The summer Oympics 2016 are over. The Paralympics will start in Rio, September 7. In the gap, it is time to examine how technology is increasingly helping to make the Games, safer, better, fairer. We bring you multiple perspectives on this:
From: Atos, the official Infotech provider and IT backbone for the Rio Games:
IT security: real-time data analytics for safe-keeping the Games: The more connected each Games become; the more complex and unique data will be generated. For sure these huge volumes of data can offer a great opportunity to capture and understand trends and behavior, and to use this actionable intelligence to benefit athletes, journalists, visitors, viewers, and online content users with predictive and personalized services. But there is another critical business area where using real-time data analysis techniques help: fighting cyber security. The Games are an iconic security target. At peak, Games systems hold the most critical personal data in the world. And with more information becoming freely available to users via the internet and on their own device, the increase in IT security events is daunting. Based on experience from recent Games, we saw over 200 IT security events per second in Rio, most of them irrelevant warnings... This is not manageable: screens would be flickering all day long. So these needed to be reduced to 10 to 50 that are real. Using real-time data analysis tools, a set of rules searched through the millions of security logs generated every day. They were tracking nearly every hint of digital activity within the Olympic Games network, ensuring zero impact on the Games. Getting real value from that data required a new approach to business analysis and intelligence: new tools and competencies, and new innovative technologies that managed the volume and variety of data, real-time.
Enriching the consumer experience: Sports fans everywhere have an insatiable thirst for information. Realtime results were processed and transmitted to 8 billion multiple devices worldwide. With the use of new media and digital technologies, the Olympic Games were superbly positioned to go a step further, reaching a global audience and provide fans with even more engaging and comprehensive content, wherever they are, whatever device they use. Atos used innovative technologies that give viewers of live sporting events real-time results, statistics, biographies and social media conversations. Content was at the fingertips of the fans. Anywhere, any device, real-time!
Outlook: cloudy! The Olympic Games are a perfect fit for cloud computing. However, a comprehensive cloud solution must satisfy the unique, specialized and demanding operational and security risks associated with the Games. Those risks mean that the Olympic Games cannot rely on a standard shared cloud solution. The scale and intensity of its operations make a secure, dedicated, agile cloud infrastructure essential. Atos will use its affiliate Canopy, with EMC serving as its delivery partner, for scalable cloud-based services and Infrastructure as a Service to transition most of the critical IT services provided by Atos today into the cloud for the Pyeongchang 2018 Olympic Winter Games
Vishnu Anand writes ( courtesy Edureka blog)
Thank you Big Data, for a disease-free Rio
The last 16 days or so have seen the best of sporting talent from across the world battle it out at scenic Rio., India will continue talking about its silver and bronze ladies for some time to come. Every participating country will talk about its heroes. But Brazil will heave a sigh of relief, especially the health officials who have successfully battled the challenge of the Zika virus, a threat that was looming in Olympian proportions.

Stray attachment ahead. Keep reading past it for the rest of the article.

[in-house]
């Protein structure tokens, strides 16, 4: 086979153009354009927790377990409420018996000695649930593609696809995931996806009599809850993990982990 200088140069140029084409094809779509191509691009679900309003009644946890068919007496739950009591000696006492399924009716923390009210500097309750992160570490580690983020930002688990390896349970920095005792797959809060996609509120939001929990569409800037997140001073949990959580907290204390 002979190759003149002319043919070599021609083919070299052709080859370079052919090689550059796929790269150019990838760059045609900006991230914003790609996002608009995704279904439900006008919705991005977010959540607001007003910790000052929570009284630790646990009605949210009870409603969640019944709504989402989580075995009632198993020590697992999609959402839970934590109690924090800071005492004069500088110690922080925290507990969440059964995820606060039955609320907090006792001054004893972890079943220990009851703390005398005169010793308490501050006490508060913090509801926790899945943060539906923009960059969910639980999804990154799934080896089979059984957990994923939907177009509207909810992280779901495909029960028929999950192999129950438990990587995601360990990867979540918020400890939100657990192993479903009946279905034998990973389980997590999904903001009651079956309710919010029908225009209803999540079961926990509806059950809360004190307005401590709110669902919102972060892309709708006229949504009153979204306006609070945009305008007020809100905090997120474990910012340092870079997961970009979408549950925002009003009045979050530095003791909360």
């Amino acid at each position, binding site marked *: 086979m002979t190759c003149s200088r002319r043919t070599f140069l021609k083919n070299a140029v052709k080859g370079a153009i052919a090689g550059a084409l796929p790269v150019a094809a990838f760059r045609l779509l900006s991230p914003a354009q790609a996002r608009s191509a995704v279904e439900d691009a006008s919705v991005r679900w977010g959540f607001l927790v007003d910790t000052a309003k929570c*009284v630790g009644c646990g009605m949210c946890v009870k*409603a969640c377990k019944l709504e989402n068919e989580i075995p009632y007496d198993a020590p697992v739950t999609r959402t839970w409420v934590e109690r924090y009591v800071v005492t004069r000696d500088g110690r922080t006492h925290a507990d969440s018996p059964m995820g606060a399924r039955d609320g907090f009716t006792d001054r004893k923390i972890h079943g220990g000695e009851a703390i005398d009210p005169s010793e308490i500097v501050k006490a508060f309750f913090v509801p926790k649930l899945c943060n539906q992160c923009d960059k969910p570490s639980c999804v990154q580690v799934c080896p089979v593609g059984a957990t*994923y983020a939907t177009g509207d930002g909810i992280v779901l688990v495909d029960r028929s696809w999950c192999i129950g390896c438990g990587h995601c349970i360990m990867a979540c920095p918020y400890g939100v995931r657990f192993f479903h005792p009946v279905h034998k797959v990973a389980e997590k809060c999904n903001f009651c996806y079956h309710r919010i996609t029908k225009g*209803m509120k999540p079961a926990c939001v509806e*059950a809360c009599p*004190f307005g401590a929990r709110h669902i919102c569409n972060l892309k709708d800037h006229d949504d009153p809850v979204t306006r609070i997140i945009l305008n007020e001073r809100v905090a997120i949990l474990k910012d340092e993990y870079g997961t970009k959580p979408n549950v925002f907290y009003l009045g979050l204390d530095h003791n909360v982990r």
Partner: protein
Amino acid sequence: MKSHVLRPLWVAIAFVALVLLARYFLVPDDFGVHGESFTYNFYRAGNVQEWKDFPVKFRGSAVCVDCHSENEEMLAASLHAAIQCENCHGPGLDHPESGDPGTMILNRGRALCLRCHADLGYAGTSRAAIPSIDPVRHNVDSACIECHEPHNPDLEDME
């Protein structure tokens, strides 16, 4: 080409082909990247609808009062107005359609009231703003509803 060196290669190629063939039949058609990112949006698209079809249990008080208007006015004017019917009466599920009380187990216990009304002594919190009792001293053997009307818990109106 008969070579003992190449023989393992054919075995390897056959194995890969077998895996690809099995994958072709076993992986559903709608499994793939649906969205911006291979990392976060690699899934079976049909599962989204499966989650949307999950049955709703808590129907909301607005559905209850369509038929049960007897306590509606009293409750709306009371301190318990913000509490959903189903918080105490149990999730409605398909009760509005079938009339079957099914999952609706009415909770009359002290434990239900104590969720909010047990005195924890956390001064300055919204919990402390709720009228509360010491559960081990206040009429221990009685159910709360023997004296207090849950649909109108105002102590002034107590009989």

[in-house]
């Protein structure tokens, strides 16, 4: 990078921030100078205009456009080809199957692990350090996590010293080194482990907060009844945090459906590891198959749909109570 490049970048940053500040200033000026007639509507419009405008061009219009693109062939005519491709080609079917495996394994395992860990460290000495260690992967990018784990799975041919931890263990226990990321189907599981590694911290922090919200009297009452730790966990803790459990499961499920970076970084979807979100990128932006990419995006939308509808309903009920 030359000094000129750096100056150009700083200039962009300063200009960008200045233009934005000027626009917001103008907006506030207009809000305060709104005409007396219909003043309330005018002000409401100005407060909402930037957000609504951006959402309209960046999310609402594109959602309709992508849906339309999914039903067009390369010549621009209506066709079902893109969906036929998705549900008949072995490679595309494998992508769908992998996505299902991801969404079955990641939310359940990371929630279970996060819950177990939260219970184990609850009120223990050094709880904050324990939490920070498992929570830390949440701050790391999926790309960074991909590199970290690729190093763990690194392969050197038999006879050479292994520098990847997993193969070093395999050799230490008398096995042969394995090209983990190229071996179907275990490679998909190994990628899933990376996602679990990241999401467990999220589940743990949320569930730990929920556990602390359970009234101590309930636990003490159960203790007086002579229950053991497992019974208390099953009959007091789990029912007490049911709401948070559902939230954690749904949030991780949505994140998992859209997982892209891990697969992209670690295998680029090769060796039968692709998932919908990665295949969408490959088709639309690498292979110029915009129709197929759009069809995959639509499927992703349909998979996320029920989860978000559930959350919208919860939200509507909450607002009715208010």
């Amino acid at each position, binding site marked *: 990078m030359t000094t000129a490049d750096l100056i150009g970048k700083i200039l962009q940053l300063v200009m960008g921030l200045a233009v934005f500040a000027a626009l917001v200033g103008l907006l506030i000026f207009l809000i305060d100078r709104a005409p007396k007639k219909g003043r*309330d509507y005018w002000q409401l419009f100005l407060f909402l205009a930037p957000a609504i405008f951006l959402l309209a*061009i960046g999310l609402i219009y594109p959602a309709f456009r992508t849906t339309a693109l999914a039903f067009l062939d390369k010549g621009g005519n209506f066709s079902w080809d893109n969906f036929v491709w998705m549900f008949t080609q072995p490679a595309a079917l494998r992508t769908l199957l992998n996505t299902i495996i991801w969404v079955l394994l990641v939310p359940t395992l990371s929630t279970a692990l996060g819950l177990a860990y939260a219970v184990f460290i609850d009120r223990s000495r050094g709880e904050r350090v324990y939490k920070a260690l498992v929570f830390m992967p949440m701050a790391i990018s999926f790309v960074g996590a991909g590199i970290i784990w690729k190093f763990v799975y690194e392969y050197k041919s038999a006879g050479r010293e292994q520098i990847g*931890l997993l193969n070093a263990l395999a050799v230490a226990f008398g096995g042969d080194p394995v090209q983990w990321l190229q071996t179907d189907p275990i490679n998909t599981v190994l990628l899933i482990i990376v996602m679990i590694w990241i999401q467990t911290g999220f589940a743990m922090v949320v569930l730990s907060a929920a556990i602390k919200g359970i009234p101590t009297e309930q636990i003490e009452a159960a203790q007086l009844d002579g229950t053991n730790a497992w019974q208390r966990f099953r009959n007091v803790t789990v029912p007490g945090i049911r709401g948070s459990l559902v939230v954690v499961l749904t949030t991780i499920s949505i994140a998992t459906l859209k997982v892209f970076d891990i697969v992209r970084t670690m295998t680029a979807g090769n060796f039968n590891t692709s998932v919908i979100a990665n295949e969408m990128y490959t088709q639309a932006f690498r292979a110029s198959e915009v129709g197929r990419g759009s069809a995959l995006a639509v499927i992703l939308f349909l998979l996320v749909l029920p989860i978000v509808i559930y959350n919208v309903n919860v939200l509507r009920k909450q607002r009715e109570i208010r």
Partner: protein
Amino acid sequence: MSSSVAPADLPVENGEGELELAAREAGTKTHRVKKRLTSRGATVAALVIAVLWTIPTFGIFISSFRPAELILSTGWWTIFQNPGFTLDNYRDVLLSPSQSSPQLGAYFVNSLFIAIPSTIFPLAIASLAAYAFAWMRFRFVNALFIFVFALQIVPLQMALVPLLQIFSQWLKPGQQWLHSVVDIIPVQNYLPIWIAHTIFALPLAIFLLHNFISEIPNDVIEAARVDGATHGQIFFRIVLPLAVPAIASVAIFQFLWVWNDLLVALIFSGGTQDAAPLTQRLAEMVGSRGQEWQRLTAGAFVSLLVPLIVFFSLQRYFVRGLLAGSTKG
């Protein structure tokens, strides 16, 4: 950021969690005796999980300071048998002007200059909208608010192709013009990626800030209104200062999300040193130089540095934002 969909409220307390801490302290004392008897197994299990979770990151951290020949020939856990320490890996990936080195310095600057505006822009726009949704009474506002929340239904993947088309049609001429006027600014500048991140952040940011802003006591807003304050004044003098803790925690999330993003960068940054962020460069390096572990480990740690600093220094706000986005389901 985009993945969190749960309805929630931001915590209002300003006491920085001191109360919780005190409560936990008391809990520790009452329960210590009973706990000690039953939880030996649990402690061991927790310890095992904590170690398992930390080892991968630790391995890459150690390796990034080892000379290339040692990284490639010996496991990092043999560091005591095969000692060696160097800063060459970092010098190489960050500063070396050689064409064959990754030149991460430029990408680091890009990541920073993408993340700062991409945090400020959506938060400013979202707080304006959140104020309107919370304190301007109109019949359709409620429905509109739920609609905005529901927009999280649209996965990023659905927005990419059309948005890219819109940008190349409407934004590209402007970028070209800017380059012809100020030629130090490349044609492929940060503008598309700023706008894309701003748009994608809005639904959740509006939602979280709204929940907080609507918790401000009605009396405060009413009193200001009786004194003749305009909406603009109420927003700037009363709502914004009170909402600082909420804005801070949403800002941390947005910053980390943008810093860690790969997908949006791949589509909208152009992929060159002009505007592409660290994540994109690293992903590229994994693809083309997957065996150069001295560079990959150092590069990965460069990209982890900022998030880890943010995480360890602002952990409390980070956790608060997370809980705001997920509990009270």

Before the games began, a realistic estimate of a million people were believed to descend upon Rio for the summer, a large enough number to send shockwaves all across Brazil. After all, it was a country that witnessed a serious outbreak of the Zika virus just a couple of months ago. A few athletes dropped out and many others were concerned about contracting the virus. Towards middle of the season, Indian wrestler Babita Kumari developed high fever, only to be tested negative to be Zika.
Brazil's battle with the Zika and its imminent victory has been possible only with clever use of technology, especially Big Data and Analytics that has provided the right data, at the right time, in the hands of the right people.
IBM was instrumental in helping the organizing committee to crowd source data from social media, such as organizing and arranging huge amounts of online data, including the frequency and distribution of social media comments and conversations about Zika and other viruses. IBM used its cloud computing backbone to analyze Portuguese-language Twitter postings about the virus as well as GPS-enabled data around the prevalence of the Aedes aegypti mosquito, which spreads the Zika virus. All of this data was synced up with other auxiliary data like weather, location of airports around Brazil where potential Zika infected people are quarantined, and other high-risk areas to identify outbreaks, earmark high-risk areas and prevent probable infection to athletes as well as the global audience that descends on Rio.
The involvement of IBM will continue beyond the Olympics with an upcoming “hackathon” in Brazil where programmers will work on new apps, for example, to enable citizens to report sightings of mosquito larvae or local virus outbreaks to public health officials.